Identifying and Resolving Ambiguity

Steve Hoenisch

1 Examples of Ambiguity

Listed below are some headlines that exhibit at least one of three kinds of ambiguity -- lexical (part-of-speech), syntactic (structural), and semantic. In some of these examples -- all from actual newspaper headlines -- the unintended meaning is so strong that, on first reading, it overshadows the intended one.

drunk gets nine months in violin case

Iraqi head seeks arms

prostitutes appeal to pope

teacher strikes idle kids

squad helps dog bite victim

enraged cow injures farmer with ax

miners refuse to work after death

juvenile court to try shooting defendant

stolen painting found by tree

two Soviet ships collide, one dies

two sisters reunited after 18 years in checkout counter

2 Analysis of Ambiguity

2.1 Semantic Ambiguity


Iraqi head seeks arms

Ambiguity type: Semantic.

Identification and explanation: The homograph "head" can be interpreted as a noun meaning either chief or the anatomical head of a body. Likewise, the homograph "arms" can be interpreted as a plural noun meaning either weapons or body parts.

What makes headline humorous: The headline can easily be read as a disembodied head searching for arms (body parts) or wanting to have them attached.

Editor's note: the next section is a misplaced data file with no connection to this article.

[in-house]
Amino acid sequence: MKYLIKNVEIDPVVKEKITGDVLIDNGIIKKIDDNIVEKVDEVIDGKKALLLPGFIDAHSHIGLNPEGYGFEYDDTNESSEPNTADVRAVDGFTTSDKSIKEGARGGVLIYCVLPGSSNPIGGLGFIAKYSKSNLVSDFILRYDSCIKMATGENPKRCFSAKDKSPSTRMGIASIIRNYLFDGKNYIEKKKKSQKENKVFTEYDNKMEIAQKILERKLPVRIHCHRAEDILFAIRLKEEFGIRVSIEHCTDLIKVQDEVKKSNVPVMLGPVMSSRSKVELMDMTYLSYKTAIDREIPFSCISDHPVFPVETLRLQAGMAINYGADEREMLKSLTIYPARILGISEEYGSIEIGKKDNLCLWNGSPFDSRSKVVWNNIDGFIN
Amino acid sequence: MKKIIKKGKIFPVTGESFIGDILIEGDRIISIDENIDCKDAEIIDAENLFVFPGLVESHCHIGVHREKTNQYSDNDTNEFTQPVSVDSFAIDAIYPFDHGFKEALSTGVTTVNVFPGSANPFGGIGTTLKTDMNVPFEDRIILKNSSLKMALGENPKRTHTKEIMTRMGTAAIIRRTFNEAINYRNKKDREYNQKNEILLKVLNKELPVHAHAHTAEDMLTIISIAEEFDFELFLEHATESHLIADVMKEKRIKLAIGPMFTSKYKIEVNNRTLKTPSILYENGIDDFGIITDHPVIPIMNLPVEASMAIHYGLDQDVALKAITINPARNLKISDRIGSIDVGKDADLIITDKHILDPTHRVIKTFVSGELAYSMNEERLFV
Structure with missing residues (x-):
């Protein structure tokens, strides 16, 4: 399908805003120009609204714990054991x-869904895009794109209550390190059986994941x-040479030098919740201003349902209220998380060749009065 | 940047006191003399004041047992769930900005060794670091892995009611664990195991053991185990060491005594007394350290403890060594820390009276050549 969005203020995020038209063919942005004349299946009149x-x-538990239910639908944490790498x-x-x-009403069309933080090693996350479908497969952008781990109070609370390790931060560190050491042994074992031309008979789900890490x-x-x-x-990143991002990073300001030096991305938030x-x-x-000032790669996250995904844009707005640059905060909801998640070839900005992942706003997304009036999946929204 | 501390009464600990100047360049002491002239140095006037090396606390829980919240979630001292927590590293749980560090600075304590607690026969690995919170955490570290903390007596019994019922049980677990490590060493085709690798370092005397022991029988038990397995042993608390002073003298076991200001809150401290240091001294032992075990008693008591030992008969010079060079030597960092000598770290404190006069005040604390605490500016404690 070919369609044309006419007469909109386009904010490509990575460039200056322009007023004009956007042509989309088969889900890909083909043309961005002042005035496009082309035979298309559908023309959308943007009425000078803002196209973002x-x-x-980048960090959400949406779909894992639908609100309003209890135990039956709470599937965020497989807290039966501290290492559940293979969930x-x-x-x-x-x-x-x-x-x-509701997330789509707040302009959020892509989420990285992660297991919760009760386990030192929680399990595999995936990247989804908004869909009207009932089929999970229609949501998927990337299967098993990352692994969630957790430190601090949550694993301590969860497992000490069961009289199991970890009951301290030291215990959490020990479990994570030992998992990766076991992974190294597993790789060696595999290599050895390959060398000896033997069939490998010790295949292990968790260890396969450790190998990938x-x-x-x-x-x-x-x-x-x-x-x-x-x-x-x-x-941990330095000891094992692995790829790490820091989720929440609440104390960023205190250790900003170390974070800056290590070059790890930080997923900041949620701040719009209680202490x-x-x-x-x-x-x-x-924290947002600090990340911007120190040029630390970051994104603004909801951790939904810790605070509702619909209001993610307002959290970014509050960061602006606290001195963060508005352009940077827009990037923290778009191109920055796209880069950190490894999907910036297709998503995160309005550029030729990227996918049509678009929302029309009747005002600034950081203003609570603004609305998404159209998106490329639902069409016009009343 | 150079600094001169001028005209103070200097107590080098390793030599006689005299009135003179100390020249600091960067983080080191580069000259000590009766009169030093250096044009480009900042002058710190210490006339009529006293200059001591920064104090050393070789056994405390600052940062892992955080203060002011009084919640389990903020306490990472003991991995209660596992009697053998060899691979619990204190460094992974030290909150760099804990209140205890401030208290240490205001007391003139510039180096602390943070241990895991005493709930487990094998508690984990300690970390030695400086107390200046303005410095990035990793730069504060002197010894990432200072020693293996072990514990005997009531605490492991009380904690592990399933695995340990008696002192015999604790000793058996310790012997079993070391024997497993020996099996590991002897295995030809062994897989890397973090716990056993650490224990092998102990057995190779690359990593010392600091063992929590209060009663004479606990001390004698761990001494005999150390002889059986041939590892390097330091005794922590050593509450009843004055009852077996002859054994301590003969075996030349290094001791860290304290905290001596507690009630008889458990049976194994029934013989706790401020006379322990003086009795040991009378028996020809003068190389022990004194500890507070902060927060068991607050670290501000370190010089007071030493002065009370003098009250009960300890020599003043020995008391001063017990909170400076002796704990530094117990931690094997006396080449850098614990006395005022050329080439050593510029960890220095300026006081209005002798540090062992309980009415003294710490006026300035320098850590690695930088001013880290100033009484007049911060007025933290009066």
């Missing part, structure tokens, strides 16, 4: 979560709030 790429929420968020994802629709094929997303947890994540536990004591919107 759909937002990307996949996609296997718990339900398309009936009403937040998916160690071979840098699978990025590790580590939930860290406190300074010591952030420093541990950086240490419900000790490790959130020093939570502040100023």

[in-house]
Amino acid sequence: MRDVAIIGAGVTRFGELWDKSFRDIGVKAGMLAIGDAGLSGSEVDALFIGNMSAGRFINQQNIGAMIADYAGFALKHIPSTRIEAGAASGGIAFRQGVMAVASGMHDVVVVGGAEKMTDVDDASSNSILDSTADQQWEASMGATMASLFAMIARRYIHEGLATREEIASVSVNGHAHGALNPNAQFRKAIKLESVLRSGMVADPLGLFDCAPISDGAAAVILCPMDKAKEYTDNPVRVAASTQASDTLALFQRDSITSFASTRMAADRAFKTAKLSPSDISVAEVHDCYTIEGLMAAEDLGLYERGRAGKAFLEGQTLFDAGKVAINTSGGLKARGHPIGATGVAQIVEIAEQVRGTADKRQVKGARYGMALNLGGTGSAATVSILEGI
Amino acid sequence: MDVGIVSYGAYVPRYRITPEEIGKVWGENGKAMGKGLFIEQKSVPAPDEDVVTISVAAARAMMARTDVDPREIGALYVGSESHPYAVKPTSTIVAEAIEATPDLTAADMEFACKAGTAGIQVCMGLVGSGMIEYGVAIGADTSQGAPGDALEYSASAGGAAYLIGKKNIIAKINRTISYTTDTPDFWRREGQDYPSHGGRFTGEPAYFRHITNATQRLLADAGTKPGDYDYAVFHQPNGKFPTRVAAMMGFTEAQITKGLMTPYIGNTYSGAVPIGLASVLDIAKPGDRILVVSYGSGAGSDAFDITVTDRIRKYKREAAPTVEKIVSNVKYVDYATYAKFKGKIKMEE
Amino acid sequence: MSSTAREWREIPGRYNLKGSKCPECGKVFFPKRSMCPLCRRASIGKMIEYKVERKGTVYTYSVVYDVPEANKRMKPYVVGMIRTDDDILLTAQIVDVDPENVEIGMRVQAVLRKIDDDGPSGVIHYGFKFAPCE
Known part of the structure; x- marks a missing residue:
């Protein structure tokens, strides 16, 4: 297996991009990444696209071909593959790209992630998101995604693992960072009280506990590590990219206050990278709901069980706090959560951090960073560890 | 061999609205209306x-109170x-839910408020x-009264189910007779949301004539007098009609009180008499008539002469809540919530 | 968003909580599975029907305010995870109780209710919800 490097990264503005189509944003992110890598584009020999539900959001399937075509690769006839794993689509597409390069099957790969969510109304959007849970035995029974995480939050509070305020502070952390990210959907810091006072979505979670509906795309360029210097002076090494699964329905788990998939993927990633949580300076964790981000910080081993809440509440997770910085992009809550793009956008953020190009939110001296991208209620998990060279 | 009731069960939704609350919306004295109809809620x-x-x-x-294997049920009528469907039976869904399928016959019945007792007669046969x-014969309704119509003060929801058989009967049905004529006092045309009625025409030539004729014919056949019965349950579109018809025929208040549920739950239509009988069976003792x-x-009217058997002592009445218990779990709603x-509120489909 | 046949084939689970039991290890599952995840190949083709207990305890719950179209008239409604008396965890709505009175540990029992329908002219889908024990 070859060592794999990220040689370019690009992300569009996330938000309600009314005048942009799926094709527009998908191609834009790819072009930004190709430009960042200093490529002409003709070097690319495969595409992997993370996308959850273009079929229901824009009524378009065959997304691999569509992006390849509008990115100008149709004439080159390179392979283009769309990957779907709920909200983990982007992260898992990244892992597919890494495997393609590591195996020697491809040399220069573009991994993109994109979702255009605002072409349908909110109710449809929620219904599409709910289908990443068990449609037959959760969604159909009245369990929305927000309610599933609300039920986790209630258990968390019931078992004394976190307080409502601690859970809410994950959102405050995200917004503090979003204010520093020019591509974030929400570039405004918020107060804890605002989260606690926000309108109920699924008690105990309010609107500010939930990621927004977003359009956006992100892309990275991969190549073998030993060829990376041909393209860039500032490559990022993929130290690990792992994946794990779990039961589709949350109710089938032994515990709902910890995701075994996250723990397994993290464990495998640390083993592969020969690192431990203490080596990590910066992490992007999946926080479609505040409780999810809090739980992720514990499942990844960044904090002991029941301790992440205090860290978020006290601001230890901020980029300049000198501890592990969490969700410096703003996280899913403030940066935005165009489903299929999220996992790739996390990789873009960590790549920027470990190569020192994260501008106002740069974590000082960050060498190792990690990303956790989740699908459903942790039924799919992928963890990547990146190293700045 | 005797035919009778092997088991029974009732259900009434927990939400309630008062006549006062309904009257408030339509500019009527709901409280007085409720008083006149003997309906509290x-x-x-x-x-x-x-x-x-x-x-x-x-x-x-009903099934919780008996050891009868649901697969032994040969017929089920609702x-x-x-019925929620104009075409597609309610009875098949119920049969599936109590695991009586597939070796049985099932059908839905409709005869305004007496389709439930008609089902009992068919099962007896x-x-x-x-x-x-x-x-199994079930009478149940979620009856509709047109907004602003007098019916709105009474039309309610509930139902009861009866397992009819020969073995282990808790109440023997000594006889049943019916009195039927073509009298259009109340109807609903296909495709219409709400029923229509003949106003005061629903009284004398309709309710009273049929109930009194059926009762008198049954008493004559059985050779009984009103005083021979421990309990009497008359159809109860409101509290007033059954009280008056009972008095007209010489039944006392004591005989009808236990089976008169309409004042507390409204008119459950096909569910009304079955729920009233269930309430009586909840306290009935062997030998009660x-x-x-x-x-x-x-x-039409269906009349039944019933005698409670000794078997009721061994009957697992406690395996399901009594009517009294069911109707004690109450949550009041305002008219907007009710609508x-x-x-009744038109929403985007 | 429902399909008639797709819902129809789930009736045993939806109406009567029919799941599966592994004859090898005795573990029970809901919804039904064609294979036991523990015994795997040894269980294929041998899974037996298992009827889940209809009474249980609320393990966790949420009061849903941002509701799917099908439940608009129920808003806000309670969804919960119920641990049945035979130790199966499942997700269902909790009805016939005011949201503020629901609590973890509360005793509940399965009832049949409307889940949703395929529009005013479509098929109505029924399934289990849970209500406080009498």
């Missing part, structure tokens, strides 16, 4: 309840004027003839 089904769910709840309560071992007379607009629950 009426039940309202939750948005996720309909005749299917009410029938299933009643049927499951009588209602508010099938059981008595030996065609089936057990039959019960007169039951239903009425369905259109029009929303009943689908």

Computational Resolution: The ambiguity could be resolved for a computer parser by specifying in the lexical entry for each item its semantic features.

2.2 Lexical Ambiguity


Teacher strikes idle kids

Ambiguity type: Lexical (part of speech or category ambiguity).

Identification and explanation: "strikes" can occur as either an verb meaning to hit or a noun meaning a refusal to work. Meantime, "idle" can occur as either an verb or an adjective.

What makes headline humorous: The headline can easily be read as "teacher hits idle kids' even though it was meant to mean that the walkout of teachers has left pupils idle.

2.3 Structural Ambiguity


Stolen painting found by tree

Ambiguity type: Structural.

Identification and explanation: The headline's two alternative syntactic representations make it structurally ambivalent:

(1) A tree found a stolen painting.

(2) A person found a stolen painting near a tree.

What makes headline humorous: The headline can easily be read as the representation in (1): A tree found a painting, which is humorous because trees, being inanimate, generally don't find things.

Computational Resolution: Specifying in the computational lexicon that the verb "find" usually takes an agent with the property [+animate].

3 Related

 Abstract: Abney's Memory Requirements and Lexical Ambiguities of Parsing Strategies

 Abstract: Marcus's Computational Account of Some Constraints on Language

 Abstract: Earley's Efficient Context-Free Parsing Algorithm

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